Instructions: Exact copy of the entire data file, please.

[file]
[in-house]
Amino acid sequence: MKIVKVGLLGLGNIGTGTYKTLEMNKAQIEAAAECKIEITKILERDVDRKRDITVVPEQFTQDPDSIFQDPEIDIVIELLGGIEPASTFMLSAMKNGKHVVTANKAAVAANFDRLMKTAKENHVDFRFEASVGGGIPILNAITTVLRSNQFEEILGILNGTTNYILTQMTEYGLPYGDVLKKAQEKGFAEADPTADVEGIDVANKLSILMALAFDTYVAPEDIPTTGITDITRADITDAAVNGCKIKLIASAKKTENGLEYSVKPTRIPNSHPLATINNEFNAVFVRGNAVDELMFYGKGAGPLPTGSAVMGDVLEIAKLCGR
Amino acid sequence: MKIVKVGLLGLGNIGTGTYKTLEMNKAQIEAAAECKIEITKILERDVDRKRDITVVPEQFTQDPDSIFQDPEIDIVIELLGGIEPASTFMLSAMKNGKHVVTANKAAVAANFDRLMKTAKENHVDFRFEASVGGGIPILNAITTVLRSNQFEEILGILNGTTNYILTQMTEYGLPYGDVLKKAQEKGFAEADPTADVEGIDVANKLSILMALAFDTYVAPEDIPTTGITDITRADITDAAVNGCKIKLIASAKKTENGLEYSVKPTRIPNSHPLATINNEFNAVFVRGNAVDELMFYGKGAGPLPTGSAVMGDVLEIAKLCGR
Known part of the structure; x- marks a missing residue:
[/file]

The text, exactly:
[in-house]
Amino acid sequence: MKIVKVGLLGLGNIGTGTYKTLEMNKAQIEAAAECKIEITKILERDVDRKRDITVVPEQFTQDPDSIFQDPEIDIVIELLGGIEPASTFMLSAMKNGKHVVTANKAAVAANFDRLMKTAKENHVDFRFEASVGGGIPILNAITTVLRSNQFEEILGILNGTTNYILTQMTEYGLPYGDVLKKAQEKGFAEADPTADVEGIDVANKLSILMALAFDTYVAPEDIPTTGITDITRADITDAAVNGCKIKLIASAKKTENGLEYSVKPTRIPNSHPLATINNEFNAVFVRGNAVDELMFYGKGAGPLPTGSAVMGDVLEIAKLCGR
Amino acid sequence: MKIVKVGLLGLGNIGTGTYKTLEMNKAQIEAAAECKIEITKILERDVDRKRDITVVPEQFTQDPDSIFQDPEIDIVIELLGGIEPASTFMLSAMKNGKHVVTANKAAVAANFDRLMKTAKENHVDFRFEASVGGGIPILNAITTVLRSNQFEEILGILNGTTNYILTQMTEYGLPYGDVLKKAQEKGFAEADPTADVEGIDVANKLSILMALAFDTYVAPEDIPTTGITDITRADITDAAVNGCKIKLIASAKKTENGLEYSVKPTRIPNSHPLATINNEFNAVFVRGNAVDELMFYGKGAGPLPTGSAVMGDVLEIAKLCGR
Known part of the structure; x- marks a missing residue: